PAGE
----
Using Your Brain to Plan Effectively: An Expert Shares Neuroscience and Mental Health Awareness on the Free At 50 Blog

Using Your Brain to Plan Effectively: An Expert Shares Neuroscience and Mental Health Awareness on the Free At 50 Blog

Apr 27, 2022

Meet Carissa: She is Sharing the Secrets of That Darn Amygdala and Productivity on the Free At 50 Blog.

Carissa Weber is a licensed professional counselor in the State of Wisconsin and the creator the mental health blog: That Darn Amygdala. It was created and designed to help readers understand why their brain does what it does when they are struggling with anxiety and depression. She uses neuroscience to promote mental health awareness and, simply, to help others. It’s why I invited her here to discuss self-help and accomplishing tasks, and productivity using her expertise.

When Carissa is not writing or helping clients conquer their mental health challenges, she can be found with her family and her horses, enjoying the outdoors!

As Carissa states: “everyone is always looking for how to work more effectively. When it comes to laying out a plan for anything you really should consider creating a plan that has your brain in mind.”

Her post below is her insight on how you can make a plan for that to-do list that incorporates the power of your brain.

Note: As a blogger, I use affiliate links sometimes! I may receive commission from purchases on links I share, but it does not change your price.

image of a brain to symbolize the blog for that darn amygdala

Photo by Robina Weermeijer on Unsplash

The Power of Your Brain

There are so many cool things happening with your brain when we are trying to get the problem solved, prioritize, and create a plan that maximizes our efficiency.

This skill set is better known as executive functioning skills.

We must consider what parts of our brains play the biggest roles in our executive functioning skills.

  • The prefrontal cortex: this is the part of the brain you really want to pay attention to. Located directly behind our forehead, your prefrontal cortex is the king of problem solving and prioritizing. It uses information given your brain from your senses to help determine what requires your attention.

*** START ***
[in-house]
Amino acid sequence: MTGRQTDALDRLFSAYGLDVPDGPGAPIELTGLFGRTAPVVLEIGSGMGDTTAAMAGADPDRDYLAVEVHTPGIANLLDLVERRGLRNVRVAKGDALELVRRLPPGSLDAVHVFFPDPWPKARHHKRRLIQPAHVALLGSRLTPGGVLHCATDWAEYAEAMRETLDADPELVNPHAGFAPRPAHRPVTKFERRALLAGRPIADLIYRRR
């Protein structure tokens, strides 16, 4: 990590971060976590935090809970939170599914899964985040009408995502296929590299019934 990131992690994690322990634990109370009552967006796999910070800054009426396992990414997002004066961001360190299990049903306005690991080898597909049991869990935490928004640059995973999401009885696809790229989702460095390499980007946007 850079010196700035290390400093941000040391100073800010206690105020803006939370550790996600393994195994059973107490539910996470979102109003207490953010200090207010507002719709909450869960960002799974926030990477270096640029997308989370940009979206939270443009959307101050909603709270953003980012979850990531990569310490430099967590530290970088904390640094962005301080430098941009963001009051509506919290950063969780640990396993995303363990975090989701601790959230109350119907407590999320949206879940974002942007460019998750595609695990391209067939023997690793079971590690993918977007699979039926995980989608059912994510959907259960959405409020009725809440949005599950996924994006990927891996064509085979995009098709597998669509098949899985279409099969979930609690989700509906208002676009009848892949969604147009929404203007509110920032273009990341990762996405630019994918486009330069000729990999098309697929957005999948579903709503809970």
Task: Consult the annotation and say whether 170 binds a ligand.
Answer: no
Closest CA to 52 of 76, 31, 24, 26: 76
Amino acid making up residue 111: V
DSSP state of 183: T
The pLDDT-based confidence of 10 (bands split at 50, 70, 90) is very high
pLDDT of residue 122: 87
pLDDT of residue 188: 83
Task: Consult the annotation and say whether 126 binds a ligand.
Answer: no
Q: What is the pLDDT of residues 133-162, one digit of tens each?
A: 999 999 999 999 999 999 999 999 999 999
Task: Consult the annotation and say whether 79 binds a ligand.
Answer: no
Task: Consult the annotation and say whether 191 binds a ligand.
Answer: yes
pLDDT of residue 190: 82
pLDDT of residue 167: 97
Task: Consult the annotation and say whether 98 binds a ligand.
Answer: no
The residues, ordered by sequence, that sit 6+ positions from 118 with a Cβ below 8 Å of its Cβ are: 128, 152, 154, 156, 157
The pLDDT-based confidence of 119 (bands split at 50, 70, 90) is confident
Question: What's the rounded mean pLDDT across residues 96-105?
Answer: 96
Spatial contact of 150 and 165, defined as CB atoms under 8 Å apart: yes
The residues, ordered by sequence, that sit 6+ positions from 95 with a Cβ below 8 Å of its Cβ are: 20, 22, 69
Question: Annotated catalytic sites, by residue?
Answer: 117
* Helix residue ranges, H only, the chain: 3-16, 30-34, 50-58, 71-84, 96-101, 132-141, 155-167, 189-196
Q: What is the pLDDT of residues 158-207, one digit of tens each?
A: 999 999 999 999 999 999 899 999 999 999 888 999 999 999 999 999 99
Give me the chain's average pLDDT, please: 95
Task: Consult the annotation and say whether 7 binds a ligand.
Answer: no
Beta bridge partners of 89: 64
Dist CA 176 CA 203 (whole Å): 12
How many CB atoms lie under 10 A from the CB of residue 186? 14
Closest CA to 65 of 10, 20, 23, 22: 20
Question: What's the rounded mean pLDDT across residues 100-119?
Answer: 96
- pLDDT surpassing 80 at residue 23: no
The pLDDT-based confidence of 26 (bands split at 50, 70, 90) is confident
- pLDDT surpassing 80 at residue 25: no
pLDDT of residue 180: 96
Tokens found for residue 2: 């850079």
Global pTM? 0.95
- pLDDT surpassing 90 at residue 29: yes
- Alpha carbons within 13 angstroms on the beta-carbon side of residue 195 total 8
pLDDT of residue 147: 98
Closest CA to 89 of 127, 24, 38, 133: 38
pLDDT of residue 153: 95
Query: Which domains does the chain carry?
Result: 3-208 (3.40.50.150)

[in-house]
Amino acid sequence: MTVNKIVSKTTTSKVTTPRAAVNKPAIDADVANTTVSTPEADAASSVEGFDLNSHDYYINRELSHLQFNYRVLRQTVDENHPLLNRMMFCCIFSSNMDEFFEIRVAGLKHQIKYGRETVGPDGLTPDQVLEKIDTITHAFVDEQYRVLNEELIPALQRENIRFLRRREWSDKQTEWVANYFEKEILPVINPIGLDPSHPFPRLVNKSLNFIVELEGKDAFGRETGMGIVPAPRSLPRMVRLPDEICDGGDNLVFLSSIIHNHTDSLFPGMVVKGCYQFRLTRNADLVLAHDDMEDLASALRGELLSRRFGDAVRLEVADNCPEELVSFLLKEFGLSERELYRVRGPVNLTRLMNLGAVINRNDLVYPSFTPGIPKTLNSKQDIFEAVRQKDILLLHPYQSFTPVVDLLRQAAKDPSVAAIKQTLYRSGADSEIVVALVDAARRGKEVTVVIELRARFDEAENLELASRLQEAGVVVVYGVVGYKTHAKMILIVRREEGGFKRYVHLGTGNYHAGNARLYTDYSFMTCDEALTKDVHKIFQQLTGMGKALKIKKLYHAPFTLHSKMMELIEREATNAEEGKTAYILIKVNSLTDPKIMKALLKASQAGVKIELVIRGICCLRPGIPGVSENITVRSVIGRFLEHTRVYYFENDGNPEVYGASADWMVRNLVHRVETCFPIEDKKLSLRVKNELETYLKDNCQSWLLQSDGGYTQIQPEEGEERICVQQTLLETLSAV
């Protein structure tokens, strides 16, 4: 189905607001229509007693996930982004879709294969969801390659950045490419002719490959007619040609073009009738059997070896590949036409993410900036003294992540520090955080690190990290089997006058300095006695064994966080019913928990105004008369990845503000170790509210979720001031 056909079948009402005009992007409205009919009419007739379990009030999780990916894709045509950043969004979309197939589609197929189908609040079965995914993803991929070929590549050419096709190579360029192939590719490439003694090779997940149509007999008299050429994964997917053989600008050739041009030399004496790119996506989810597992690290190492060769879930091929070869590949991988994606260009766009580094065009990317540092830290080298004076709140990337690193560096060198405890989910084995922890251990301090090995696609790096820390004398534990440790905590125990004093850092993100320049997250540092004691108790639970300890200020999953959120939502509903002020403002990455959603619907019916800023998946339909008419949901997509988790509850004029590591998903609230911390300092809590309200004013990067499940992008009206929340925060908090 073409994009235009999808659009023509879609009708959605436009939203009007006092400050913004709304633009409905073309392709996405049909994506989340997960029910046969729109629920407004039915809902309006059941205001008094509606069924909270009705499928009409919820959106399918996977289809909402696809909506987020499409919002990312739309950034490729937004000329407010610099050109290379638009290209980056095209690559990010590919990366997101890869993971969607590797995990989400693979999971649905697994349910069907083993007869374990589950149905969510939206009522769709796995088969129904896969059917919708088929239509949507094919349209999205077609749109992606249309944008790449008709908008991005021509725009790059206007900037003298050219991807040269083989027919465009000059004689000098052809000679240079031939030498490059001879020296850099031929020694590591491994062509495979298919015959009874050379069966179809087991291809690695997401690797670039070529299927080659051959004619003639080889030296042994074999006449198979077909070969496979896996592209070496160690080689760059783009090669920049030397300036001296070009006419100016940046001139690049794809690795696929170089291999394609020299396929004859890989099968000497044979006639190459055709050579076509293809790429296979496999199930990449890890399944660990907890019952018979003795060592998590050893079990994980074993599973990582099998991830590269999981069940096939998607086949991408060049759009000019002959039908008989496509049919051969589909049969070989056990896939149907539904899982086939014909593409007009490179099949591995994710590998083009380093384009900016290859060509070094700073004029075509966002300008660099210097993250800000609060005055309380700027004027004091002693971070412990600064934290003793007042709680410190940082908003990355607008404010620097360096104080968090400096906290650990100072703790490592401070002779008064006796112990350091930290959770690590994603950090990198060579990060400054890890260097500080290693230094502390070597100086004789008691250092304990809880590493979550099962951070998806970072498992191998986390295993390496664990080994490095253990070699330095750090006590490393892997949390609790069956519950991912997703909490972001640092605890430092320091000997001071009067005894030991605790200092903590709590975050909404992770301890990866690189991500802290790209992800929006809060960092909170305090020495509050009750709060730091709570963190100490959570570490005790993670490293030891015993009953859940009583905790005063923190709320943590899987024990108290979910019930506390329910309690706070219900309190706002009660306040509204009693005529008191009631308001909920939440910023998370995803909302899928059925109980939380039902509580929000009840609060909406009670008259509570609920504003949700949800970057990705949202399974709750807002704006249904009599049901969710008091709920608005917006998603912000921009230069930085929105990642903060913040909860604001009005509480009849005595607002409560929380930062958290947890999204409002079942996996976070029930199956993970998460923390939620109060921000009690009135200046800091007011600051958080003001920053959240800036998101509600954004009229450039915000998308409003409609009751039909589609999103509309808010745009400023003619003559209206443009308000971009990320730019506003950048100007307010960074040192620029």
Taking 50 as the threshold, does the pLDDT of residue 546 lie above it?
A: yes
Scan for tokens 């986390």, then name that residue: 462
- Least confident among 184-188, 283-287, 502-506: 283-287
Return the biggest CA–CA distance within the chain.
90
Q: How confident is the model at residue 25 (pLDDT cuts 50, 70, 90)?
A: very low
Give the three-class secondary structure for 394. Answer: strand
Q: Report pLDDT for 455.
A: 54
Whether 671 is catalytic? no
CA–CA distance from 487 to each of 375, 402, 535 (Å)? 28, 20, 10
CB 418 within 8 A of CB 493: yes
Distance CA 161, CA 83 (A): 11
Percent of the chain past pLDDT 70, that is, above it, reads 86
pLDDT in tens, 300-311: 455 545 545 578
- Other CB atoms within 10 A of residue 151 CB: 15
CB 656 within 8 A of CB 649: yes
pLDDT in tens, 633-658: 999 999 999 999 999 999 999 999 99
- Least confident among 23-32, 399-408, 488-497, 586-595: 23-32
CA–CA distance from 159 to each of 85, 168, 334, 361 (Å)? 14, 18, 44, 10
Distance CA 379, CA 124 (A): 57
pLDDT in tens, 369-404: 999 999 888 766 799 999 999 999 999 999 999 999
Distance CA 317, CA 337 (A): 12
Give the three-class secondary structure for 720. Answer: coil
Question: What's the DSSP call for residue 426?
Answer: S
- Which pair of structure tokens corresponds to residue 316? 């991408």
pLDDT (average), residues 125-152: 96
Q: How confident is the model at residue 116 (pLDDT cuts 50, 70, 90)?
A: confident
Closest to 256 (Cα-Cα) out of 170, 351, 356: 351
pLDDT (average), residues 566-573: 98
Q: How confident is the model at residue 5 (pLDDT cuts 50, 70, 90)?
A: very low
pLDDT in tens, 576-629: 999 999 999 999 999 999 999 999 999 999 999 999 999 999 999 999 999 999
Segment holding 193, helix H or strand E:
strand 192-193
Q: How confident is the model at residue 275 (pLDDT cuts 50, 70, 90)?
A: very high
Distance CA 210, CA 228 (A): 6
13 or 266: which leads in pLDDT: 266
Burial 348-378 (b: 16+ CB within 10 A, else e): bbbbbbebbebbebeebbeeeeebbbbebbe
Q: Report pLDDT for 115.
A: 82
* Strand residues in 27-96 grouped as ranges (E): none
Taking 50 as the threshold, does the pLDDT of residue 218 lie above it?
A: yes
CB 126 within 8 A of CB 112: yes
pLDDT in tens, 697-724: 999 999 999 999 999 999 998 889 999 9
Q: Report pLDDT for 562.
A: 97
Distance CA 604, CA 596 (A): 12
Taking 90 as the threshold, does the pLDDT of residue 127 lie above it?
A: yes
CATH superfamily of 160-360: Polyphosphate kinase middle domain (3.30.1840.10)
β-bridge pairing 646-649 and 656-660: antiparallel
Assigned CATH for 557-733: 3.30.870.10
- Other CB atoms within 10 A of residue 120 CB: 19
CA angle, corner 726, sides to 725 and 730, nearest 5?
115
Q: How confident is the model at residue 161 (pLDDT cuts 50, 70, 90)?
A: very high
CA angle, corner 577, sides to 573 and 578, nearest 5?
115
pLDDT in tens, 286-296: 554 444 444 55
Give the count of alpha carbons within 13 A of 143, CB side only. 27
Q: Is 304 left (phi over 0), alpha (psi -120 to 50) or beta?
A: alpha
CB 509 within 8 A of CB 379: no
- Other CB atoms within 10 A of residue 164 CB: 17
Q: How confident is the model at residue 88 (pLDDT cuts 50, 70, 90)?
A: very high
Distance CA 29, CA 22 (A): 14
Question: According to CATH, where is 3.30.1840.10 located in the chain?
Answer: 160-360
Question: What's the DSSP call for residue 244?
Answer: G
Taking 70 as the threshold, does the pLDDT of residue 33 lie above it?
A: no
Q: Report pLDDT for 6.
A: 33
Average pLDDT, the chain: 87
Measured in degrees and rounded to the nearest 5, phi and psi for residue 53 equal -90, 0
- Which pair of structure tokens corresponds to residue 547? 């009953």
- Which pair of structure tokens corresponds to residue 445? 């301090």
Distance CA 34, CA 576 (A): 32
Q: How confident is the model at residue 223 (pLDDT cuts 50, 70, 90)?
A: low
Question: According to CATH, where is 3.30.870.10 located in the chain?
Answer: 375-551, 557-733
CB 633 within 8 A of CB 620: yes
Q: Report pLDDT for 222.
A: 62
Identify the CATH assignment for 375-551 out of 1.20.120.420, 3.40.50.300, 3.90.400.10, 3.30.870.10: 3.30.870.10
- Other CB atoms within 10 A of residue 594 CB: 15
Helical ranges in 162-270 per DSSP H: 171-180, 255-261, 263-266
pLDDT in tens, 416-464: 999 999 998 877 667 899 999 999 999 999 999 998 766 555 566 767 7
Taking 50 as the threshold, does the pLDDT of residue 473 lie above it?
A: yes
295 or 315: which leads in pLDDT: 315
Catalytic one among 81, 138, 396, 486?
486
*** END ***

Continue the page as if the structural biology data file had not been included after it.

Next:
• The insula: your insula is pretty cool. This part of your brain may be smaller than a walnut, but it serves a powerful purpose. It's role is to collect all the information outside of our body (like from our senses) and disperse it to other parts of our brain that could really use it. Located directly in the prefrontal cortex, these two parts of your brain work hard to help you focus on what is important.

  • That Darn Amygdala: the amygdala is the most loved (and hated) part of our brain. Located in the middle of the brain, that darn amygdala is responsible for all of our impulsive decisions. These impulsive decisions include what emotions to experience, what things in our environment might put us in an unsafe position, and our motivation. When you're talking about making plans and prioritizing tasks, your Darn Amygdala tries really hard to ensure you are in a safe place to exist (even if it is being a drama queen).

  • The hippocampus: the hippocampus is located at the back of our skull but has a really important job. This is the place in your brain where information, facts, and experiences are turned into long-term memory and stored with emotions that could pull those memories back. When we talk about executive functioning, the hippocampus plays a huge role because it is what will recall what you need to do.